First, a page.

The problem being discussed here is people who work in libraries who seem to be unwilling to try and figure out many technical problems on their own. Rather than trying to read the screen, look up the answer or try, they prefer to ask someone to help – hence the “training-wheels culture” moniker. As I mentioned before, I have found myself irritated by a question to which I believed the asker should have known the answer. I have helped people with simple problems that I may not have believed to be worth the time that I spent answering them. But in my years offering technical support to library staff, I have come to realize that we have a real problem in this area. Blaming library staff for their inefficiency or their need to cling to a “training-wheels culture” is not productive – nor do I believe it is a solution to help solve the problem at hand.

One of the things that I really like about Meredith’s post is the fact that she is asking questions about this. She writes:

I really want to understand what is at the root of this training-wheels culture, because we can’t combat it until we understand the cause(s). What do you think it is? Cultural? Laziness? Lack of interest? A difference in learning styles?

I firmly agree with Meredith that we need to understand what is happening here.  Are people afraid of technology? Are people discouraged from trying to figure things out? Are those of us who are making judgements about what other people should be able to do on their own wrong? There are so many potential explanations, and yet, technophiles seem to want to blame people for not being technologically savvy. Is this really fair?

In my experience, people are not encouraged to play, to try new things, or to figure things out on their own. As technology becomes more pervasive and more complicated, IT departments are desperate to prevent users from being able to cause major disruptions. They are employing security software, firewall rules, etc. in order to prevent users from doing damage. Software manufacturers are following suit by locking down operating systems, software packages, etc. Certain programs actually require certain screen resolutions – using ones that make the icons as small as possible (why is this???). People are discouraged from doing things that may cause problems or may go against the norm – and are thus, fearful of getting viruses, corrupting their computers or making a move without tech support. Can you blame them?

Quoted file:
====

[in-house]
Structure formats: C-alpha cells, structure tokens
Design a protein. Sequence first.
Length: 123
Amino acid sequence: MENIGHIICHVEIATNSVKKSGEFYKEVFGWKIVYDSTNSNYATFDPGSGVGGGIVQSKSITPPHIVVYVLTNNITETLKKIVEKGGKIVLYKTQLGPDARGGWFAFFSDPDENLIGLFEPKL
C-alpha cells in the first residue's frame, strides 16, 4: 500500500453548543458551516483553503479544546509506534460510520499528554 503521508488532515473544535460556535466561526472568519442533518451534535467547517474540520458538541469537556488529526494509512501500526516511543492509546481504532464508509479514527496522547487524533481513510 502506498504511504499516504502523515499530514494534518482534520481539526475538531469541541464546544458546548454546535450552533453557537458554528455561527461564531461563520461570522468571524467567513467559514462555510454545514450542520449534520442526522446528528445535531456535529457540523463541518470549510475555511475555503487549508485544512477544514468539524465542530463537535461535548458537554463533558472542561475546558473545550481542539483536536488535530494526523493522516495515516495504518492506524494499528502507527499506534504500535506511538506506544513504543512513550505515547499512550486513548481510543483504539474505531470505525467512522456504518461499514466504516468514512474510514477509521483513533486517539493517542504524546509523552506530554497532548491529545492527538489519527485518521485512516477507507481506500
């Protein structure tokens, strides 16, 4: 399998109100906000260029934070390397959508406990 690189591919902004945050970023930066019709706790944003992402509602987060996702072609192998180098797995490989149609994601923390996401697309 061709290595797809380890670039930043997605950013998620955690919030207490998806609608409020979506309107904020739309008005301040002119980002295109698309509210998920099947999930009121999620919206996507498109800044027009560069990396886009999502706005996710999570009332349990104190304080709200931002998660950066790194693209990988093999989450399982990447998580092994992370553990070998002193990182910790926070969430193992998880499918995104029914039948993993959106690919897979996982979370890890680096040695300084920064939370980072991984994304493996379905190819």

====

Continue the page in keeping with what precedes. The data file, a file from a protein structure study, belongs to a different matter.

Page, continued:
We have a big problem. There is a digital divide in libraries – staff who understand and adapt to technology and staff who do not (the same can be said of patrons – but that is another story). We can get as frustrated as we want with this, but that is not productive. We are not going to change people’s behaviors by complaining or by demeaning them. There has to be a better way.


I Think I Have Blogger’s Block

October 1, 2007

Of late, I have been finding it extremely difficult to put any coherent thoughts together to form a blog post. I have started so many blog posts, only to decide that my thoughts were all garbled messes with little worth. I have deleted most posts that I have started over the past several weeks. And, I have spent countless hours staring at a blank WordPress editor screen. It has been quite disconcerting. It isn’t that life has gotten in the way, that school has gotten in the way or that I didn’t want to write.

One of the biggest problems is that I’m feeling extremely unsettled about school – which has traditionally been my primary motivator for blogging. I’m generally unhappy about my school experience, am reluctant to allow myself free reign to vent about my frustrations and am then left with nothing significant about which to write. Nothing specific has happened. I have had some recent contact with students who have echoed some of the same frustrations that I have experienced. This makes me sad – and makes me believe that the school, the ILS department, the administration and even the students are not able to get together to address any issues at this point. I just want to be done – be at a point where I can put this entire experience behind me.

I need to find another motivation for blogging. I need to be thinking beyond school. I will be in school until at least early May of 2008, but I can’t allow myself to be in a blue funk until then. I need to focus on the positive, to remember the good experiences at school, and to find motivation elsewhere. Unfortunately, I don’t think this will be easy.